The argument goes on between these two solar HWS on which is the best value for money and this article identifies the key features and outlines benefits and draw backs of each unit.

 Electric Boost – Solar on the roof, be it panels or evacuated tubes is reliant on exposure to the sun to generate hot water. Two key statements can be made here:

1.       Solar on the Roof heats the water in daylight

2.       Solar on the Roof does not heat water during the night

These two statements identify key usage patterns. If you’re to use hot water in the evening for showering then to ensure you have enough hot water for the morning showers you will require a large storage tank or ensure the booster element is operational during the evening, defeating the object of the solar installation, whether it is energy driven or cost driven.

The heat pump is reliant on the ambient air temperature allowing it to heat 24hrs if required. This enables the unit to produce hot water, when it is required without the use of an electric or gas booster. However, reversing this argument, the heat pumps still use electricity to run the unit, although this only uses a quarter of the amount in comparison to the older electric systems and that of a booster.

1.       Heat pumps can heat whenever

Systems are also tested and perform down to minus 10 degrees and with QLD lowest ever temperature recorded at minus 11 degrees in 1895 and with average winter day recorded between 9 – 20 degrees they is no need for an element.

When comparing these two contrasting styles, both have positive and negative aspects and dependent on your choice of brand will have differing efficiencies. If you have a prime location and the most efficient solar on the roof unit, then you will generate the greatest level of efficiencies and use the least amount of electricity resulting the lowest running costs. Whereas the most efficient heat pumps will come guaranteed with an electricity bill, however it will be extremely competitive with the solar on the roof and during the winter periods is more likely to be lower than the solar cost due to boosting. SOLAR on the ROOF 1 vs 0 HEAT PUMP

Payback Period – This is when the HWS will start to save you money over a more conventional HWS such as an electric or gas unit. This is often a very important aspect when making a decision over units. However a great deal of confusion has been created with different states applying varying rebates, STC’s varying from unit to unit and with the rollback of national rebates. All these factors have inflated the cost of both units and generated a false market. The rebates had previously encouraged the uptake of both solar on the roof and heat pumps, with the opportunity to purchase a unit for less than an electric or gas. However with the rebates having been withdrawn the costs are considerably more than the standard electric and gas and the industry is still seeing these units as premium products when they are not. Solar on the roof has had the biggest challenge as it generates the greatest installation costs, it is difficult to assess the price but for full installation the cost is likely to be $3500 – $5000 for a straight forward installation. In comparison, a heat pump installation is $2000 – $3500. Also to take into consideration on the pricing is the quality of product you are receiving, for the lowest heat pump price you can receive the highest quality product due to economy of scale generated by both Europe and America which have taken on the heat pump over solar on the roof and all other HWS. The Solar on the roof is still a premium based product with a lot of cheap and nasty products available that loose efficiency very quickly.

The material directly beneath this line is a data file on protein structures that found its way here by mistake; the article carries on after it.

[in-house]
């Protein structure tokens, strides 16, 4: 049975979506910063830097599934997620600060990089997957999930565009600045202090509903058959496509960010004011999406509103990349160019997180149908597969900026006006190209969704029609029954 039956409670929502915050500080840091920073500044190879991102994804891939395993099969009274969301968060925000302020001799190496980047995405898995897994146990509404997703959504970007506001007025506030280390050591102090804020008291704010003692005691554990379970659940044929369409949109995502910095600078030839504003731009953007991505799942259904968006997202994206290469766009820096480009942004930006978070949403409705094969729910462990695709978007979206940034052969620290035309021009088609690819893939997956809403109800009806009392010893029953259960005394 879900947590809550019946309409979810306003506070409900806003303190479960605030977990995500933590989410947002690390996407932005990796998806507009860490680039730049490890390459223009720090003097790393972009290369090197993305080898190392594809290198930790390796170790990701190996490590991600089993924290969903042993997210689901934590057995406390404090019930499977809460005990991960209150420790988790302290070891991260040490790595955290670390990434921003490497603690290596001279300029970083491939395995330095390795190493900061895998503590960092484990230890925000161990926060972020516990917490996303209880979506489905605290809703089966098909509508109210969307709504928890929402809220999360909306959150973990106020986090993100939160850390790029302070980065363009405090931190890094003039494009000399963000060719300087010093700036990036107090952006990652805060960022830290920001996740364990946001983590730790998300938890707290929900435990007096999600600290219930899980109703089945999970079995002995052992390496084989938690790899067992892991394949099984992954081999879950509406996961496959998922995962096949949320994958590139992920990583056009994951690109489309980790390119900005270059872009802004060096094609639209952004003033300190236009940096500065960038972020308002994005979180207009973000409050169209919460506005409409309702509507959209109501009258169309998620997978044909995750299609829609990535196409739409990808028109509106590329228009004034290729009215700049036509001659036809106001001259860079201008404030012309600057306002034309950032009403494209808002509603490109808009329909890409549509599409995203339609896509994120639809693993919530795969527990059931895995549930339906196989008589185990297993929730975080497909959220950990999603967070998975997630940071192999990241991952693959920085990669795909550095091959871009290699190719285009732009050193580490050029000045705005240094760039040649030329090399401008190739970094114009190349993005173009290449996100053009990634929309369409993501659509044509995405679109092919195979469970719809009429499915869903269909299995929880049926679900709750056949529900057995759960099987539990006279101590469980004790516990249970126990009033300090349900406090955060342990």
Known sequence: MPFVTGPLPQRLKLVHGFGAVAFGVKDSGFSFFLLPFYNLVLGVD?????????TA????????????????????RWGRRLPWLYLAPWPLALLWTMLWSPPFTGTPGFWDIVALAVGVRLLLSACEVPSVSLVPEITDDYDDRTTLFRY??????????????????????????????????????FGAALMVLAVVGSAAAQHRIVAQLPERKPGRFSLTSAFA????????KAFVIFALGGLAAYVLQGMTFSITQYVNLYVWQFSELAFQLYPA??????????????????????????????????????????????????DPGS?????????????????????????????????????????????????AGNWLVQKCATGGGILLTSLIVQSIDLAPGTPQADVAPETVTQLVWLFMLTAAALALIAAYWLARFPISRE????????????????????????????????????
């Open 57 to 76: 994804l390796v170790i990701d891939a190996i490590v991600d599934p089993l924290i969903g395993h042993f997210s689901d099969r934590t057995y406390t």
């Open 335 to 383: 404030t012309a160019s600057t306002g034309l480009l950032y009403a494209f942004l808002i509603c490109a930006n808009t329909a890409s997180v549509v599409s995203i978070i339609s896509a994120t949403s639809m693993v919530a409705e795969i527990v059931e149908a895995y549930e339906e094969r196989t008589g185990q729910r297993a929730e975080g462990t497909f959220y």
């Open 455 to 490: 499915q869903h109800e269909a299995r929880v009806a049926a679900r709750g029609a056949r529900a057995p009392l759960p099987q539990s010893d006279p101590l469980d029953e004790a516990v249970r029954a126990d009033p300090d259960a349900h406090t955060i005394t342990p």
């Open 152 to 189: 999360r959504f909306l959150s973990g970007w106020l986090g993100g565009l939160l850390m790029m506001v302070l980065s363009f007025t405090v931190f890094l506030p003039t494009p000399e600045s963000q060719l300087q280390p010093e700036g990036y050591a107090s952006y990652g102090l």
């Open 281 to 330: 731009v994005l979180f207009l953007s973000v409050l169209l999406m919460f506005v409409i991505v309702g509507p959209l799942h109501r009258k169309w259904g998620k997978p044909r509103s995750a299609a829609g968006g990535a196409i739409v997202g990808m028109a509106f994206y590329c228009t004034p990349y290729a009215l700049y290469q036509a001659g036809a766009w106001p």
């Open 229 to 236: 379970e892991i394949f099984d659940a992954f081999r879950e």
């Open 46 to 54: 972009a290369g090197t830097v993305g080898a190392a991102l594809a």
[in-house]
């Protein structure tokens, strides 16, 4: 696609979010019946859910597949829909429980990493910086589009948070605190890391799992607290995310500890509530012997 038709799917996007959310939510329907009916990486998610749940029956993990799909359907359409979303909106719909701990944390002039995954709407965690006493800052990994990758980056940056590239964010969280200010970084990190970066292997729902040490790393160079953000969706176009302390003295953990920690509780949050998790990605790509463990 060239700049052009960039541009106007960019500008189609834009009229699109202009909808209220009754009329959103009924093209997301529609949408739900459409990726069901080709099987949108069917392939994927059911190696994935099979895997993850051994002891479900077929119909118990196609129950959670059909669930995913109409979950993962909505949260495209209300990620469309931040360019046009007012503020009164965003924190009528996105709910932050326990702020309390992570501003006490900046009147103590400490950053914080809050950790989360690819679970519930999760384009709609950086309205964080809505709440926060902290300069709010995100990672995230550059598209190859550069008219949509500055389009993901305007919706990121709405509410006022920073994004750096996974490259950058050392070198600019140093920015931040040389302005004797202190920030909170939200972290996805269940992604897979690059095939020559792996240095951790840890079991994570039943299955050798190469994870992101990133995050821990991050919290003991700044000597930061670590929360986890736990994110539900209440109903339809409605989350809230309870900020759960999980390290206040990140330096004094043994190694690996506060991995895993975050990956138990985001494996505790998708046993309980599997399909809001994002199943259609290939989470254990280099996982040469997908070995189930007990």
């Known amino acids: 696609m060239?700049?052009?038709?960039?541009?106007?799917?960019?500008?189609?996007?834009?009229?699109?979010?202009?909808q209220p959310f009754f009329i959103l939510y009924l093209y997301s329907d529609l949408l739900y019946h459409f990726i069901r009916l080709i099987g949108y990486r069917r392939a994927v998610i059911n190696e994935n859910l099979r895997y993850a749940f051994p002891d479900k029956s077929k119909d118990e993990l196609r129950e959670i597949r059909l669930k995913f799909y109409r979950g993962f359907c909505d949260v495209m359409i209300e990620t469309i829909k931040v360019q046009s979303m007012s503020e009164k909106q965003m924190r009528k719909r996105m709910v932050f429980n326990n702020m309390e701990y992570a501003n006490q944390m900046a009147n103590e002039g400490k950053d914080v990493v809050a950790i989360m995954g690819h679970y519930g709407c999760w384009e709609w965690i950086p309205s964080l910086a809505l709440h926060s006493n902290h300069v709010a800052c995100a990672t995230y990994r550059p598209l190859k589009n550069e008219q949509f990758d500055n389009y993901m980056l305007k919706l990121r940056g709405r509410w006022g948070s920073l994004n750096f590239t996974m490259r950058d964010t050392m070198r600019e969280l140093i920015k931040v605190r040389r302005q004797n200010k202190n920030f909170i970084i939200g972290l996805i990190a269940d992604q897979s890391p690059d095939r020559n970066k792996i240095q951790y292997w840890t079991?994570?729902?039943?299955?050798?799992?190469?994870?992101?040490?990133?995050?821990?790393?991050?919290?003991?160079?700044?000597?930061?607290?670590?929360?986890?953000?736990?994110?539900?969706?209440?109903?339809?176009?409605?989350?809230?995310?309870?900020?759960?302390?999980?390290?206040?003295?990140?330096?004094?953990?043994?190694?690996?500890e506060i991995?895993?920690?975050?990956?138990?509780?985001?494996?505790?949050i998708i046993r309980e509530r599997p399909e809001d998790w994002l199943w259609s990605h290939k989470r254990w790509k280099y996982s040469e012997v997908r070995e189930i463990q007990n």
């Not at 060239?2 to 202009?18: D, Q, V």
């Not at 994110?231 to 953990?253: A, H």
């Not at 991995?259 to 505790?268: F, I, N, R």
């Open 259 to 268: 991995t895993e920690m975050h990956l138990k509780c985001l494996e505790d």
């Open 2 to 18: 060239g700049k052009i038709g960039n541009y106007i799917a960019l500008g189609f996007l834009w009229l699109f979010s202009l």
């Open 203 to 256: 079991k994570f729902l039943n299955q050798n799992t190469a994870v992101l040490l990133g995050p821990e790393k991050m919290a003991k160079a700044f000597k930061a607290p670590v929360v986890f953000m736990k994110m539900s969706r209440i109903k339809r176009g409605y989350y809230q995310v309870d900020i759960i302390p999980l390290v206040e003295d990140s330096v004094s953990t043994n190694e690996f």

When comparing the two installation costs of two highly regarded units from both categories the heat pump cannot be matched. Although the Solar on the Roof is likely to generate greater savings, the difference will be insignificant when comparing the payback period. A good quality heat pump installed at a reasonable price, will start to generate savings over a traditional hot water system within 1-2 yrs, where as a Solar on the roof having taken into consideration setup costs will begin to save after 10yrs, which is reliant on the units efficiency and warranty. SOLAR on the ROOF 1 vs 1 HEAT PUMP

These two key features identified make a decision simple, if you have great wealth with the perfect conditions for solar on the roof (North facing roof, no shade, based in QLD) and are interested in purely energy saving and the carbon foot print then the decision should always be Solar on the Roof as it is the most energy efficient HWS.

If you are interested in saving energy and helping the carbon footprint but are also concerned with the cost of running and setting up a unit then there is only one option and that is the heat pump. The majority of homes will find the heat pump most economical, easy and reliable HWS to install. Solar on the roof will suit a few ideally placed and wealthy homes but if you are in doubt then heat pump is the future.

Make the right decision that suits your needs and budget.


By Simon Baird 

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